First Day (26 May, Tuesday)

  • What did you do today?
      • We created 2 composite material, carbon-fibre and fibreglass composites. We also looked through a scanning electron microscope, seeing the structures on insects with stunning fineness and clarity. We also saw the zinc oxide nanoparticles, which seemed much like that of budding yeast
  • What did you learn today?
      • We learned about the different types of composite materials; particle-reinforced, fibre-reinforced, and structural composites, along with their dependent constituents. We also learnt about how a scanning electron microscope generally worked, as well as the procedure of using it.
  • How do you feel about today’s activities?
      • I realised that the background knowledge I had was very minimal, as what I had learnt in NTU about the SEMs and composites was substantially larger. I also managed to clear out my doubts and questions that were compounded inside me with the instructors and supervisors at the different laboratories.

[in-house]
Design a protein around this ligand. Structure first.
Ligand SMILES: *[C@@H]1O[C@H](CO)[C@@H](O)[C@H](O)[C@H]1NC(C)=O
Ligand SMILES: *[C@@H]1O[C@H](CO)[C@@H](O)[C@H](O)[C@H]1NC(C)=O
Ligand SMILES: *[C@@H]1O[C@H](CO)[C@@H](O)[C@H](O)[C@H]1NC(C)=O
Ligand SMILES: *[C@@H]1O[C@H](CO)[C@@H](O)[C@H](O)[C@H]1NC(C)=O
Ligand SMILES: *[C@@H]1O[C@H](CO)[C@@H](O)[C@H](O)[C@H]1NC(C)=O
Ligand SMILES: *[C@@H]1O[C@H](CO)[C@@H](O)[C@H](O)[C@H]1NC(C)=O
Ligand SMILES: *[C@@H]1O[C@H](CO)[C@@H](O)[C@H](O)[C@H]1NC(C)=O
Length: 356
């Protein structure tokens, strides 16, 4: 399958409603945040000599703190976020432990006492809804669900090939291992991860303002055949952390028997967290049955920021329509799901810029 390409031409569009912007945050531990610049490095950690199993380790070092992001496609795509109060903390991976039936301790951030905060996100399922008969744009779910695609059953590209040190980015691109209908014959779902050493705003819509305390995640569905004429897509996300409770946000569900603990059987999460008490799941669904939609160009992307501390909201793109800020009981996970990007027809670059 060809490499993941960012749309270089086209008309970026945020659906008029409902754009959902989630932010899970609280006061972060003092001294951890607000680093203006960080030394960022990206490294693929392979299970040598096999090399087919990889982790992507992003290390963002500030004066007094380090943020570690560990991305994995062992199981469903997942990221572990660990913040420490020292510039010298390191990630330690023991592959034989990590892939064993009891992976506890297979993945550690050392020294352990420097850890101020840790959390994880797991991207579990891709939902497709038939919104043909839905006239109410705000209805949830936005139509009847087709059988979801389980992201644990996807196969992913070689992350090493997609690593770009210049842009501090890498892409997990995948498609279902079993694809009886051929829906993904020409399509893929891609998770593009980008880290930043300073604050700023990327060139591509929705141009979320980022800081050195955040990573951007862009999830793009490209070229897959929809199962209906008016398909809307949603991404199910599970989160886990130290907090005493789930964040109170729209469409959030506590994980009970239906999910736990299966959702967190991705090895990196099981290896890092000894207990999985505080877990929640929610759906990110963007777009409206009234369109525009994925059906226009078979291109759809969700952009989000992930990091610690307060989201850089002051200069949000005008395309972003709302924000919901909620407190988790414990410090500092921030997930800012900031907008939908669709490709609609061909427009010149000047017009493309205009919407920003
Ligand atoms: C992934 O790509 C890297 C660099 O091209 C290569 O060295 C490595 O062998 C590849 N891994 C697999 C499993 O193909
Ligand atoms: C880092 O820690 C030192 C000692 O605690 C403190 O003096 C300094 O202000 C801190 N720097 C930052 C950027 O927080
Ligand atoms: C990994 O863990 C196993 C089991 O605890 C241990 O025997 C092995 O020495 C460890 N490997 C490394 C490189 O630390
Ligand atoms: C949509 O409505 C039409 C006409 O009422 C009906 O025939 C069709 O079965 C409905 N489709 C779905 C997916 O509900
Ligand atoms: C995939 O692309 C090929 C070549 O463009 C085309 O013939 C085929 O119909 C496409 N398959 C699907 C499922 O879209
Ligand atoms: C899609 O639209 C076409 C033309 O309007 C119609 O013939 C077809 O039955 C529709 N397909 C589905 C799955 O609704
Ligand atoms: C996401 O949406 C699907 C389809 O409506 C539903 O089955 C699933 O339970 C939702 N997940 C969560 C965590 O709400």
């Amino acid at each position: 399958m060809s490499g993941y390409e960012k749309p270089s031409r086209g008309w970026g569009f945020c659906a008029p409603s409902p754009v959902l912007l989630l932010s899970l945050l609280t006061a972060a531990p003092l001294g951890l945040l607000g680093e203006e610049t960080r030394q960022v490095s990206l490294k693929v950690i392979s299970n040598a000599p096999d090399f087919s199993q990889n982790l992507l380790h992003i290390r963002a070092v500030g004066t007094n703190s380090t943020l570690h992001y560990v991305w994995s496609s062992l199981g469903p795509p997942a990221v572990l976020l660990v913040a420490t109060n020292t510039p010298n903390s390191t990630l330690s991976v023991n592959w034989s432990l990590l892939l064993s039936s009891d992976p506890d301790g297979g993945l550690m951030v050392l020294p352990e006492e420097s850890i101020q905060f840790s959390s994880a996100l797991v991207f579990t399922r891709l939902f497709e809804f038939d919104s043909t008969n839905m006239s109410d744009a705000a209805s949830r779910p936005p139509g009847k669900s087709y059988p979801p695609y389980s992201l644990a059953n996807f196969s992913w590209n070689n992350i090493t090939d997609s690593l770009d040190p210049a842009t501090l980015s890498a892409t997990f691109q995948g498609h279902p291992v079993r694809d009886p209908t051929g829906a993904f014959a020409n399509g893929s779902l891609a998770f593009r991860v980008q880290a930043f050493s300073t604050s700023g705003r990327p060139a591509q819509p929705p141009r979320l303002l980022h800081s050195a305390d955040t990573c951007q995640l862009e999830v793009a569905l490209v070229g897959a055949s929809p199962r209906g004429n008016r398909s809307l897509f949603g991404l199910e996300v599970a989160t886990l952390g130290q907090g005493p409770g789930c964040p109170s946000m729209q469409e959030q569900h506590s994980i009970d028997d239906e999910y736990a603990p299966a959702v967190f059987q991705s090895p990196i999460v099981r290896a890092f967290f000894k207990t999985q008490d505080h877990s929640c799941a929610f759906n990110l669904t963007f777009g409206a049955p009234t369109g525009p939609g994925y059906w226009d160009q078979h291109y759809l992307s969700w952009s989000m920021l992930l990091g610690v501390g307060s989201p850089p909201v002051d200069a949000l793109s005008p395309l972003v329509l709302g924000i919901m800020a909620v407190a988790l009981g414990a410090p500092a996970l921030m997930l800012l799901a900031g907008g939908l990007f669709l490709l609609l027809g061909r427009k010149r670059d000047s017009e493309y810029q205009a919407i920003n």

• Insights
      • I used to think that a composite material had the constituents, matrix and binder but then my supervisor corrected me; matrix and binder are the same thing, hence the two constituents of a composite material is a matrix/binder and a reinforcer(such as a fibre or particle reinforcement.
      • I had learnt that if a live insect or tiny creature is kept for examination in the Scanning Electron Microscope, it would die if the electron beam becomes too intense.
      • When the column of the SEM is depressurised when a moist specimen, like an ant, is used, the sensors in the SEM would think that the moisture around the ant is air particles, and hence totally vacuumise the column. This would cause all the moisture to be sucked out. This might cause cracks the ant's body, thus compromising the quality of the ant. Therefore, a substance is put on the ant, such as gold, to harden the ant's structure.

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